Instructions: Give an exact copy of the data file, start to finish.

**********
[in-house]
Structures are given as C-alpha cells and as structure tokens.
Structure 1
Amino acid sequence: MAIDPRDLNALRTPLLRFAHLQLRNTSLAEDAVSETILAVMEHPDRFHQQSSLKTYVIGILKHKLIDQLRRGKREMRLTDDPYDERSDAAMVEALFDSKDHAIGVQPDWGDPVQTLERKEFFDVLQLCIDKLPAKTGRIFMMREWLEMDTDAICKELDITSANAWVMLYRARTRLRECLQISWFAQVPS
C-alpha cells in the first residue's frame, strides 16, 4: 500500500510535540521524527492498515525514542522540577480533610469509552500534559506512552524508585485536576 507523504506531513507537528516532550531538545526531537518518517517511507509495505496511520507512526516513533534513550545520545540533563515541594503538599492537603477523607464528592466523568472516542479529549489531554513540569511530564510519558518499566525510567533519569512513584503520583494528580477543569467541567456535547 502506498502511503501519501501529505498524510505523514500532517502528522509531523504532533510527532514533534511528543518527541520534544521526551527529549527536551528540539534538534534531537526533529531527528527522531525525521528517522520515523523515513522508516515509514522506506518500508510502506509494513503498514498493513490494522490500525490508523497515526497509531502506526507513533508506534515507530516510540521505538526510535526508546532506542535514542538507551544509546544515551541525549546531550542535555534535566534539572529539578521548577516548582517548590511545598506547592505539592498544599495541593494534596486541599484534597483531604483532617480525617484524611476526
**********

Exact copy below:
[in-house]
Structures are given as C-alpha cells and as structure tokens.
Structure 1
Amino acid sequence: MAIDPRDLNALRTPLLRFAHLQLRNTSLAEDAVSETILAVMEHPDRFHQQSSLKTYVIGILKHKLIDQLRRGKREMRLTDDPYDERSDAAMVEALFDSKDHAIGVQPDWGDPVQTLERKEFFDVLQLCIDKLPAKTGRIFMMREWLEMDTDAICKELDITSANAWVMLYRARTRLRECLQISWFAQVPS
C-alpha cells in the first residue's frame, strides 16, 4: 500500500510535540521524527492498515525514542522540577480533610469509552500534559506512552524508585485536576 507523504506531513507537528516532550531538545526531537518518517517511507509495505496511520507512526516513533534513550545520545540533563515541594503538599492537603477523607464528592466523568472516542479529549489531554513540569511530564510519558518499566525510567533519569512513584503520583494528580477543569467541567456535547 502506498502511503501519501501529505498524510505523514500532517502528522509531523504532533510527532514533534511528543518527541520534544521526551527529549527536551528540539534538534534531537526533529531527528527522531525525521528517522520515523523515513522508516515509514522506506518500508510502506509494513503498514498493513490494522490500525490508523497515526497509531502506526507513533508506534515507530516510540521505538526510535526508546532506542535514542538507551544509546544515551541525549546531550542535555534535566534539572529539578521548577516548582517548590511545598506547592505539592498544599495541593494534596486541599484534597483531604483532617480525617484524611476526